PHEW!

Joined
19 Oct 2019
Messages
310
Reaction score
63
Country
United Kingdom
Why not? I can get trade discount too.

That is fair enough if you can get trade discount though, as you need that as part of your business costs, if a tradesperson.
But seems unfair that a tradesperson must pay for dumping even a couple bags of building waste, which then the cost has to be passed onto the customer, who potentially could have gone to the local recycling centre for free, bar the price of petrol travelling there.
Just seems an added tax for anyone employing a trade.
 
Joined
2 Feb 2006
Messages
45,323
Reaction score
3,111
Location
Staffordshire
Country
United Kingdom
But seems unfair that a tradesperson must pay for dumping
Eh? It would be (incredibly) stupid of the tradesman not to include (costs) the removal of site generated spoil and waste, in his quote.
Poundland jobbing skip dippers should learn how to quote.
 
B

Bodd

We are trade so we should pay... I've cheated in the past but I'm more than happy to pay to take it to a commercial tip. I give the customer the option
 
Joined
14 Jan 2008
Messages
9,912
Reaction score
1,150
Location
Staffordshire
Country
United Kingdom
That is fair enough if you can get trade discount though, as you need that as part of your business costs, if a tradesperson.
But seems unfair that a tradesperson must pay for dumping even a couple bags of building waste, which then the cost has to be passed onto the customer, who potentially could have gone to the local recycling centre for free, bar the price of petrol travelling there.
Just seems an added tax for anyone employing a trade.

Not round here; rubble, soil, plasterboard etc is all chargeable, and expensively so.
I reuse the little 20kg bags that stuff like sand and slate chippings come in, for bits of waste that I take to the tip.
IIRC, a bag that size of rubble, plasterboard, or the like, is £4 or £5.
Makes little DIY jobs a ball ache, so you end up storing the stuff until it's worth getting a skip. Or, in my case, just storing it up forever.....
 
B

Bodd

No. If you do your job properly, then the customer ALWAYS pays.


I didnt make myself clear..
The money comes from my account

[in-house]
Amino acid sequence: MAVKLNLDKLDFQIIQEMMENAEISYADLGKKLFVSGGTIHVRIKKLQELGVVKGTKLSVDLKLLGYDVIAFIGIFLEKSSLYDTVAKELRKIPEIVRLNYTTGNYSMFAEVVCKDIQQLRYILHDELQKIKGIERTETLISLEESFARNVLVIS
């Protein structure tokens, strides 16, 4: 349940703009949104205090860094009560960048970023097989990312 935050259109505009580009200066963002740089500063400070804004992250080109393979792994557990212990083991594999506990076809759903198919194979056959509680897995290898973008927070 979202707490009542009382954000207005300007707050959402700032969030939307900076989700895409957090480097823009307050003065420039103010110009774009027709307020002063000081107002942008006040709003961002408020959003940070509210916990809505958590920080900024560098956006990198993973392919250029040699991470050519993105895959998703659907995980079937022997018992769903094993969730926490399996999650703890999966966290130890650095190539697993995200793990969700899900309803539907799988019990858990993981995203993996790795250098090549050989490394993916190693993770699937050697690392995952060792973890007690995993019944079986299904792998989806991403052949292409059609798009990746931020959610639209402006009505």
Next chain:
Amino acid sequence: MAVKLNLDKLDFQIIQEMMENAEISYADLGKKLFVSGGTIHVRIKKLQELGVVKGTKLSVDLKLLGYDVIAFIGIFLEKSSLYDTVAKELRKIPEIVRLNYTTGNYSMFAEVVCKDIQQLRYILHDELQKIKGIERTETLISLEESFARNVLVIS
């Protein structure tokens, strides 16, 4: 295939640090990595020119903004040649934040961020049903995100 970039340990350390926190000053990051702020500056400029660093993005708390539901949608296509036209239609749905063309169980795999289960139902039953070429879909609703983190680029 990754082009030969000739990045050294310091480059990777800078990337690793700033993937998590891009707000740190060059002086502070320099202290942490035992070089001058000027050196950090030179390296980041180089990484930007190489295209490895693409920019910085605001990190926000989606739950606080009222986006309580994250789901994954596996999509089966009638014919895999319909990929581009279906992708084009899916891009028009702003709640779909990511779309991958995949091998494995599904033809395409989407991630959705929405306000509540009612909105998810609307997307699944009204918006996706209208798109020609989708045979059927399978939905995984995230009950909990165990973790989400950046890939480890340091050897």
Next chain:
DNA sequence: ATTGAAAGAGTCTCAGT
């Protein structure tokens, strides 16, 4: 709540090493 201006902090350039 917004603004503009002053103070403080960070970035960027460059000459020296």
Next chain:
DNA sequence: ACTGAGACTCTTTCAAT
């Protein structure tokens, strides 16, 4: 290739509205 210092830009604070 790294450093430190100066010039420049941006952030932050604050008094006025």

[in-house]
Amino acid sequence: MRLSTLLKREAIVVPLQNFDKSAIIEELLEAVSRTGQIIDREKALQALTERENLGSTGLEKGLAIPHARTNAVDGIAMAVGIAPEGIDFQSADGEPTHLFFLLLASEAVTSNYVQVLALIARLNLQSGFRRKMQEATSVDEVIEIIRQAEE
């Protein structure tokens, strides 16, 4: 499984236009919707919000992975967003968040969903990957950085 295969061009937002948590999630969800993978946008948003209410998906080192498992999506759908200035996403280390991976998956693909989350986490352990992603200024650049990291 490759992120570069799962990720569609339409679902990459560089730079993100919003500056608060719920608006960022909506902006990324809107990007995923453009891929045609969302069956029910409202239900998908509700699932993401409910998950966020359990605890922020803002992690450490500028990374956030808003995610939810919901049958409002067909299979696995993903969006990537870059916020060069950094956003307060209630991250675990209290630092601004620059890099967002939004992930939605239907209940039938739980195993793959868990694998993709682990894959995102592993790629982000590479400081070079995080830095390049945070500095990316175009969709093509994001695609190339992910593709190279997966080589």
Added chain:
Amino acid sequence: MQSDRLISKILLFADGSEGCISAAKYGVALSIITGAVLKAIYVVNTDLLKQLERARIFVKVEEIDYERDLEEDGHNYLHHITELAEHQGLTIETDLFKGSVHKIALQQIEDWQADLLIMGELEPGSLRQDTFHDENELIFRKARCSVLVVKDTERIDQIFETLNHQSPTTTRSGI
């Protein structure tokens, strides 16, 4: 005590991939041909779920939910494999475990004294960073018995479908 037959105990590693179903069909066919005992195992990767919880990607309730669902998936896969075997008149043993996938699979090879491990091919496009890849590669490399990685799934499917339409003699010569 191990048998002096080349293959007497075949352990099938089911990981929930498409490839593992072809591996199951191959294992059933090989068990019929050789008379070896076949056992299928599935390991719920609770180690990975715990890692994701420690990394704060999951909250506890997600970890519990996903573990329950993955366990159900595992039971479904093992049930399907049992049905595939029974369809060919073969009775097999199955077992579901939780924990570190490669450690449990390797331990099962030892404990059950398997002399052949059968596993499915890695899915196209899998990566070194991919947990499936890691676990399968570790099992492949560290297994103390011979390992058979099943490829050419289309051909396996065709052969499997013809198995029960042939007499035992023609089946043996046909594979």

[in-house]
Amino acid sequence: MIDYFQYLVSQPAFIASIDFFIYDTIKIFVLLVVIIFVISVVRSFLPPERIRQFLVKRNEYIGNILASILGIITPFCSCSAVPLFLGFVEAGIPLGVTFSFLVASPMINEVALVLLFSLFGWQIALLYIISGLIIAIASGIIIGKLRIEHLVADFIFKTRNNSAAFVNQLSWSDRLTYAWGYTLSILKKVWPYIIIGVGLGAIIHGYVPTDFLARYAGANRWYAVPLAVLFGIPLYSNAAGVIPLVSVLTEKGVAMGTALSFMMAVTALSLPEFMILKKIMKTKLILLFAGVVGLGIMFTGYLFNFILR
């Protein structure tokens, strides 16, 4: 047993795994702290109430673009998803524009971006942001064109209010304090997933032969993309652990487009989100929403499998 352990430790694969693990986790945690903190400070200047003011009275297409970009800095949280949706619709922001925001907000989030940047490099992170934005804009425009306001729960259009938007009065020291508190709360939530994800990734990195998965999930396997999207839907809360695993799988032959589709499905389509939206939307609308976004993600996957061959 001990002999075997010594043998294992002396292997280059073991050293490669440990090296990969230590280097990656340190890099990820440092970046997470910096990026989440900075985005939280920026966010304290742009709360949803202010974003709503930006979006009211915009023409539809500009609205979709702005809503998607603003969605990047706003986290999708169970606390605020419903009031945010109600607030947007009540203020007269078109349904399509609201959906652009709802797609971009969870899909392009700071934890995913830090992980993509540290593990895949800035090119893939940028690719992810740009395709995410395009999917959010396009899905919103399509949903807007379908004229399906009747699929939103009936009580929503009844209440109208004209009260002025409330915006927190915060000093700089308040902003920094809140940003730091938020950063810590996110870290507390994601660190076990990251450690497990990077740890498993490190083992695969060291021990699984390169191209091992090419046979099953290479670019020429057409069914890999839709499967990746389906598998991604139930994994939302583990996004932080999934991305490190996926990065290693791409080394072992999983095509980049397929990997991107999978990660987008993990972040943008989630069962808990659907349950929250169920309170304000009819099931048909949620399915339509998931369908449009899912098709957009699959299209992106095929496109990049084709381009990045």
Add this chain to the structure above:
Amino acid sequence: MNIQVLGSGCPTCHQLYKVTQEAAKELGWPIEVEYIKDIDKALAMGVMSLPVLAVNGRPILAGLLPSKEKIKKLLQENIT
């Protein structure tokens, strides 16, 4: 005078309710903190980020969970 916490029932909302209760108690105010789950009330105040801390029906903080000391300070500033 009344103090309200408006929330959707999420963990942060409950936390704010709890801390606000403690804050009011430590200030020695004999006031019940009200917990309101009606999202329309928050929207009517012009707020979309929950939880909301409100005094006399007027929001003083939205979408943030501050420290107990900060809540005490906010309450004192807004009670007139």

I did however say that I give the customer the option. Of course the customer pays
 
Joined
15 Sep 2017
Messages
27,997
Reaction score
2,032
Location
S. Uplands
Country
United Kingdom
Eh? It would be (incredibly) stupid of the tradesman not to include (costs) the removal of site generated spoil and waste, in his quote.
Poundland jobbing skip dippers should learn how to quote.
its a big cost when doing foundations -especially when the trench has to go down 2.5m or more -a job can easily get through 10 skips, thats over £2k. I know grab lorries are cheaper, but they cant be used on some sites due to access issues. I tended to quote based on skips, then where a grab could be used, Id gain a bit.
 
Joined
2 Feb 2006
Messages
45,323
Reaction score
3,111
Location
Staffordshire
Country
United Kingdom
its a big cost when doing foundations -especially when the trench has to go down 2.5m or more -a job can easily get through 10 skips, thats over £2k. I know grab lorries are cheaper, but they cant be used on some sites due to access issues. I tended to quote based on skips, then where a grab could be used, Id gain a bit.
We had 20+ grabs on a job in Burton as well as skips. I hired a large Ro-Ro bin for all of the messy junk and it came to £1300 alone.:eek:
 
Joined
11 Jan 2004
Messages
38,410
Reaction score
1,793
Country
United Kingdom
Yeah, I remember that story. This story proves that these rules are more about revenue generation. It is quite obvious that the waste is not commercial. They are basically saying that if the non-commercial waste was in a (say) Tesco carrier bag, he would have been OK. I would relish my day in court and appeal to the judges common sense.
When our bedroom ceiling was taken down (by family), we took part of it to the tip before lockdown. We had to attest that we had removed the ceiling (not a contractor). If tradesmen generate waste, they must remove it. It is illegal to put your waste into the customer's bin.
 
B

Bodd

Yeah, I remember that story. This story proves that these rules are more about revenue generation. It is quite obvious that the waste is not commercial. They are basically saying that if the non-commercial waste was in a (say) Tesco carrier bag, he would have been OK. I would relish my day in court and appeal to the judges common sense.
When our bedroom ceiling was taken down (by family), we took part of it to the tip before lockdown. We had to attest that we had removed the ceiling (not a contractor). If tradesmen generate waste, they must remove it. It is illegal to put your waste into the customer's bin.


What about if the customer put it in their bin?
 
Joined
11 Jan 2004
Messages
38,410
Reaction score
1,793
Country
United Kingdom
Well, thinking back to the questions we were asked at the tip, we were allowed to tip the waste if we had generated it. So, on that basis, if the tradesperson generated the waste, they should remove it.
 
Sponsored Links
Top